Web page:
Landing Data – a Priority for SEDAR

Our team attended the SouthEast Data, Assessment, and Review (SEDAR) meeting held in San Juan on January 26-29, 2009.  Reports from the meeting are currently available online ( One of SEDAR’s main goals is to improve the scientific quality and reliability of fishery stock assessments and encourage the participation of important stakeholders in the assessment development. Briefly, SEDAR presently recommends research in the area of data collection of landing data. Based on the information from the report titled “Consolidated Caribbean SEDAR Research Recommendations”, research is needed to design an appropriate trip-ticket data collection to make the data suitable for proper analyses of fisheries biology and economics, which include the need to allocate catches and quotas. The report also underscores specific recommendations for landed species. In general terms, better data collection techniques (and analyses) are necessary to assess stocks through fishery independent sampling efforts, surveys with hook and line and/or traps, visual surveys, and mark and recapture techniques. On potential social and economic research needs, the SEDAR report suggests that a better knowledge of the recreational fisheries is required, specifically in terms of effort and target species. Particularly referring to the U.S. Virgin Islands, SEDAR recommends studying management and environmental events and factors affecting catches. A key concern mentioned was the data gathering process in the local fisheries. Other areas or research themes that fishers and managers identified as needed:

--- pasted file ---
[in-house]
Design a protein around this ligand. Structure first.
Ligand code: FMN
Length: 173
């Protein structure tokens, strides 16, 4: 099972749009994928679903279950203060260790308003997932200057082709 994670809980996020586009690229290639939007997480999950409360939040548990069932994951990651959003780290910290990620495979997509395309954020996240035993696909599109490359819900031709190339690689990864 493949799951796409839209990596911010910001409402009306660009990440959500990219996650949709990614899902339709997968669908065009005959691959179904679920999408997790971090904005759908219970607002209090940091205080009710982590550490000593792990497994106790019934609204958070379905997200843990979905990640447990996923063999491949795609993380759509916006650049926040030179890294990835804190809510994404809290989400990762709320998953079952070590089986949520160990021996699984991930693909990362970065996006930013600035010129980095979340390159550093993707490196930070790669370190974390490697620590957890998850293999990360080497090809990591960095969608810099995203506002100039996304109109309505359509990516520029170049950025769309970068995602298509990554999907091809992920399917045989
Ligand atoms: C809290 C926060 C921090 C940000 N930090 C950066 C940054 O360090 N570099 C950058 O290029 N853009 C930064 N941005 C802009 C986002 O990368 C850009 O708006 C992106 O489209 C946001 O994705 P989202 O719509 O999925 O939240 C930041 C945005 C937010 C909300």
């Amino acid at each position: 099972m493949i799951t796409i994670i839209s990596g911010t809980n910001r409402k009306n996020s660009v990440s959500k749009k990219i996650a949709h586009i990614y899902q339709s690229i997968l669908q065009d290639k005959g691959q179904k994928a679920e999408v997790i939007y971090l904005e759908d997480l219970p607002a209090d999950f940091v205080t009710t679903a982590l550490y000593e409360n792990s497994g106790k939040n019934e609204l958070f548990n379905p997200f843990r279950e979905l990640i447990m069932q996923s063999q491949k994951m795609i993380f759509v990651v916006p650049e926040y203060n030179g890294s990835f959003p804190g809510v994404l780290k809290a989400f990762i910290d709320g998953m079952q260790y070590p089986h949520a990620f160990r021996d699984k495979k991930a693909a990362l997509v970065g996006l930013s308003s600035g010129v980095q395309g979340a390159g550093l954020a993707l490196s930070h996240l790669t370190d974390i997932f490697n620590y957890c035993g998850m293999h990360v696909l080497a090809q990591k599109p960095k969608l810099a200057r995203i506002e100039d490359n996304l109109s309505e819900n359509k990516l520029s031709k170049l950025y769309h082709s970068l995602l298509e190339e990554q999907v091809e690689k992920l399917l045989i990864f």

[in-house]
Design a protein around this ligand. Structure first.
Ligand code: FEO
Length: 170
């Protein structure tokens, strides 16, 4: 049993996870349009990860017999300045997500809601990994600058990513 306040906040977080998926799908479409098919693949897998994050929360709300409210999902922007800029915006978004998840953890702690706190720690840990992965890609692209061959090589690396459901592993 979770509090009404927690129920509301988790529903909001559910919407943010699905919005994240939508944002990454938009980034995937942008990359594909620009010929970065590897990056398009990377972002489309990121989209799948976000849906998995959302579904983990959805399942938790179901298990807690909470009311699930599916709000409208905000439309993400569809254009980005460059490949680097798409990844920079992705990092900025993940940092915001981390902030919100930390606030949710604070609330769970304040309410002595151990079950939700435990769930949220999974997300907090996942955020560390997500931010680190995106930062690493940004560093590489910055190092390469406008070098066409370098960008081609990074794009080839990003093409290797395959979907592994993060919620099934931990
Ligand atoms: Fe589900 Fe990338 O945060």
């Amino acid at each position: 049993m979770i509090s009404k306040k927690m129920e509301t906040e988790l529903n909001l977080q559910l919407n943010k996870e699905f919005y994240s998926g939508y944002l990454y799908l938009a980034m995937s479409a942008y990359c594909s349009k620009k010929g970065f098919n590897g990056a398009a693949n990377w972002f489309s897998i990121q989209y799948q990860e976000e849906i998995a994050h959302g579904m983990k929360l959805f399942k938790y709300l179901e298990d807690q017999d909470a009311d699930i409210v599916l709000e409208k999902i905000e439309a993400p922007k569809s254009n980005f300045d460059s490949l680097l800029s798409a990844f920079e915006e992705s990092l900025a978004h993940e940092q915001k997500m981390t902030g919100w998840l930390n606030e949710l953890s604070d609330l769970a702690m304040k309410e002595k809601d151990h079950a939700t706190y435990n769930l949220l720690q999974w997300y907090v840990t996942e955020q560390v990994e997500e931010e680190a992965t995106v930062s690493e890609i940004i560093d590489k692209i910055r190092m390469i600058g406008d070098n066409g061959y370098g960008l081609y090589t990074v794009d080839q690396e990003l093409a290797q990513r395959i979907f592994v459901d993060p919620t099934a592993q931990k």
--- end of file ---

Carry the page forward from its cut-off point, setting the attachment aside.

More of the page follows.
1. The role and effectiveness of bans, closures and MPAs for species protection
  2. Different factors involved in the variability of catches and in recruitment
  3. The role of local markets in shaping the structure of catches and selectivity of species and sizes.

Although not directly related to research, there was a concern on the flow of information from the scientists and managers to the fishers. The future construction of a research agenda will depend on the effectiveness of the shared information and the ability to successfully explain these findings to laypersons using complex graphics based on computer models.

Contributed by M. Valdes-Pizzini

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